NEWCASTLE isn't exactly Paris. And that suits Mick Molloy just fine.
"Newcastle's the anti-Paris," Molloy told his national radio audience during his Drive program with co-star and friend Jane Kennedy on Thursday afternoon.
"Solid, decent, hard-working."
Then again, you have to say nice things when you're in the heart of Newcastle, broadcasting from the Triple M studios at Honeysuckle.
Not even the bushfire smoke haze could hide Molloy's rosy view of the city.
"Newcastle's been a favourite haunt of mine over many years," Molloy said in between his on-air conversations with Kennedy, who was in the program's home base of Melbourne.
"I've got a soft spot for the place.
"I reckon the shoreline is one of the most beautiful bits of Australia, bar none. "You're under the radar here.
"It's a classic bit of Australia. It's a classic bit of Australian real estate. They're good people."
As much as he'd probably consider this statement deeply insulting, Mick Molloy is a Renaissance man.
The popular television presenter, movie actor, writer, comedian and radio star was in Newcastle to play yet another role, that of barman, hosting "Mick's Pub Shout" at Merewether's Mary Ellen Hotel.
Actually, Molloy is also involved in a brewery, Brick Lane Brewing, along with a few other well-known Melbourne residents, including broadcaster Eddie McGuire and former Storm player Billy Slater.
"I've got a beer, which I now brew, which people have said is like letting the mice run the cheese factory," he said.
Molloy has taken his beer on the road and on Thursday night met with about 150 listeners/drinkers at the Merewether hotel.
"If you're going to do a pub crawl, a national pub crawl, how could you leave Newcastle off the agenda?," he said to Kennedy Molloy's audience of nearly 2 million.
As well as appearing in pubs and being heard on the airwaves, Molloy can be seen on screens, small and large, at the moment.
He is in the hit Australian movie, Ride Like a Girl, the biopic about Melbourne Cup-winning jockey Michelle Payne.
But Mick Molloy's favourite medium is radio.
"For me, it's a natural home," Molloy said. "Here's what I love about radio as opposed to every other medium. They can't tell you not to say it, they can only tell you not to say it again!"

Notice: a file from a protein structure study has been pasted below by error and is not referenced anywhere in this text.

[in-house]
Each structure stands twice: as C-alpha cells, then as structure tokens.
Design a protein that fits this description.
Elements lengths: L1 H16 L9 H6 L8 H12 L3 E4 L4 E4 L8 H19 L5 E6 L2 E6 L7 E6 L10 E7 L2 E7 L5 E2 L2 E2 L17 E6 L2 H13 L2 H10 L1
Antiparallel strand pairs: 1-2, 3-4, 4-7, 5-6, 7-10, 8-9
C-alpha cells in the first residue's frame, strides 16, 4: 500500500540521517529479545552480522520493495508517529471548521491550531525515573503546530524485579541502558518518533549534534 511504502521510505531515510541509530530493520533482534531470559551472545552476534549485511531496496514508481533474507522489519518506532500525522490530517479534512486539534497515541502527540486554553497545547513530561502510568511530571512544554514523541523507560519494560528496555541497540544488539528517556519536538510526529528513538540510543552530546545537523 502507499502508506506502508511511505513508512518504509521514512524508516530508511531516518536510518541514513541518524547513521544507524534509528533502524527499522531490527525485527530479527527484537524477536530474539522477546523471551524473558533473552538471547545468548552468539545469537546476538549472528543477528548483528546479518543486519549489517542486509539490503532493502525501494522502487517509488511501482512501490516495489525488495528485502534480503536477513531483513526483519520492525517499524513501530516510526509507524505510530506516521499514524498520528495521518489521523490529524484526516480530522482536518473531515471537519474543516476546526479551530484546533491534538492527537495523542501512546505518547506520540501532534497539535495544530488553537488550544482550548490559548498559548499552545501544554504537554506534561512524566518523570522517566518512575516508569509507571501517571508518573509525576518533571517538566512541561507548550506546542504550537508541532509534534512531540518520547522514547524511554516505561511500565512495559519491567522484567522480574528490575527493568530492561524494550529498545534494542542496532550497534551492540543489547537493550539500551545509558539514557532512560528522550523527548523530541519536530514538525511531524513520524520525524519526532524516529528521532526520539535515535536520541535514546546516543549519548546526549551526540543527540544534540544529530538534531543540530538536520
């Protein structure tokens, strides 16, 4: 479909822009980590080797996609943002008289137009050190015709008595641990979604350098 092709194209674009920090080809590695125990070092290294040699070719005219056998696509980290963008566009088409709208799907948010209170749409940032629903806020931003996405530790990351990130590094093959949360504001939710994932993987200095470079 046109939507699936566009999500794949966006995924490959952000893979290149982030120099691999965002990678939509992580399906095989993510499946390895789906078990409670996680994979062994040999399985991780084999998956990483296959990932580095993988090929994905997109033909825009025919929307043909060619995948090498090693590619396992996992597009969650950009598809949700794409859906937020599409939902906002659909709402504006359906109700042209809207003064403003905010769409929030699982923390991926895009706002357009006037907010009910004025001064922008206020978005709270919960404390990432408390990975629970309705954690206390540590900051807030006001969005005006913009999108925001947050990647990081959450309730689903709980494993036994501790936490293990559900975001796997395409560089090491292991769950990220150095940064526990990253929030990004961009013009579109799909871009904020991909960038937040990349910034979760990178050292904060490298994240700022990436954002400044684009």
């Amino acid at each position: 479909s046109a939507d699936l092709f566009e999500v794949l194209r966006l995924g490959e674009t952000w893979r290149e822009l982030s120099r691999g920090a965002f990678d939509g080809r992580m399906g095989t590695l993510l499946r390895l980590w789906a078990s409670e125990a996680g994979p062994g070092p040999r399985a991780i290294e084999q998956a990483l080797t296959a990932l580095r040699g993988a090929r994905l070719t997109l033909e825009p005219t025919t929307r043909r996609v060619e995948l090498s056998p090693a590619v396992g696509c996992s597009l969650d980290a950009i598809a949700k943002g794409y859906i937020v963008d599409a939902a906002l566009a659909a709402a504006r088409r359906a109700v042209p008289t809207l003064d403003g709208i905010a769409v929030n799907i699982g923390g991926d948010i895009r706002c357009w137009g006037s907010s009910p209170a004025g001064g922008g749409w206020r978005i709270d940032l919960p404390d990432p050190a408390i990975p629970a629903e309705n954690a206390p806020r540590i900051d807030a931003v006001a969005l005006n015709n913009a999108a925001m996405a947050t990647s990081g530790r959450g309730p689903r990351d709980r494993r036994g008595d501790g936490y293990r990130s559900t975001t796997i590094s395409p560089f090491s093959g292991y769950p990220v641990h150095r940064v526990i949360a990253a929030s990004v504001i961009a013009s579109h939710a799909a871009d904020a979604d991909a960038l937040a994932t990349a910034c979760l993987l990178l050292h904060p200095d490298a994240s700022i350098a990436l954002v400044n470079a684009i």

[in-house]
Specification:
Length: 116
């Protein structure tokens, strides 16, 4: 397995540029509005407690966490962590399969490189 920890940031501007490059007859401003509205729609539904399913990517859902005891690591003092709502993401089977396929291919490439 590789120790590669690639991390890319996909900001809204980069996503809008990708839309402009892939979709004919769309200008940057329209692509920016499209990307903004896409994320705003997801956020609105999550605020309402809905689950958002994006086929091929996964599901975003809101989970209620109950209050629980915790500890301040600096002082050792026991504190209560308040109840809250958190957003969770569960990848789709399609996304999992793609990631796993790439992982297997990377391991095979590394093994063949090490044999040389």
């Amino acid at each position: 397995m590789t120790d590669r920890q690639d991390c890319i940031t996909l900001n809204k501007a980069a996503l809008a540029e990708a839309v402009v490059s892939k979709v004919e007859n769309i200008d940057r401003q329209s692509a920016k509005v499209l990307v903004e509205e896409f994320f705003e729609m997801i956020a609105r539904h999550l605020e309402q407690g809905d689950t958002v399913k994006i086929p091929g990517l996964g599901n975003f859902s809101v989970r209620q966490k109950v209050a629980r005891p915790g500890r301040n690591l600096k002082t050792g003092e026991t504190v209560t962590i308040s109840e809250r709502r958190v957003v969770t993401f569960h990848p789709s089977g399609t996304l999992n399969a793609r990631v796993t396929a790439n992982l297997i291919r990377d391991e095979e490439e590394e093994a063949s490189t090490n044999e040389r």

Yet what not to say is becoming an increasingly fraught topic in comedy.
While he and Kennedy often jokingly say "How dare you!" to each other on air, Molloy is well aware that many take offence at what is meant to be funny.
"The outrage is doing my head in," he said. "For someone who has been fortunate enough to be plying this trade for 25 to 30 years now, it's never more tense.
"We actually get to the end of a show and heave a sigh of relief sometimes that we've dodged a bullet or we haven't offended anyone. Comedy's tough right now."
Jane Kennedy and Mick Molloy have been friends and workmates for about 30 years.
"Jane would probably call it less than that because it would be giving away her age", Molloy said, adding they had worked together in a range of disciplines. "TV, radio, live. Film, we've never worked together.
"Maybe there'll be a remake of Misery or something we could both be involved in!
"But we do get on famously. I think what they do in radio sometimes is they try and manufacture chemistry and they put people together, and they say, 'You go with him and we'll call it the Crazy Crew'. But we actually know and like each other.
"It's hard to distinguish sometimes our conversations off-air to on-air."
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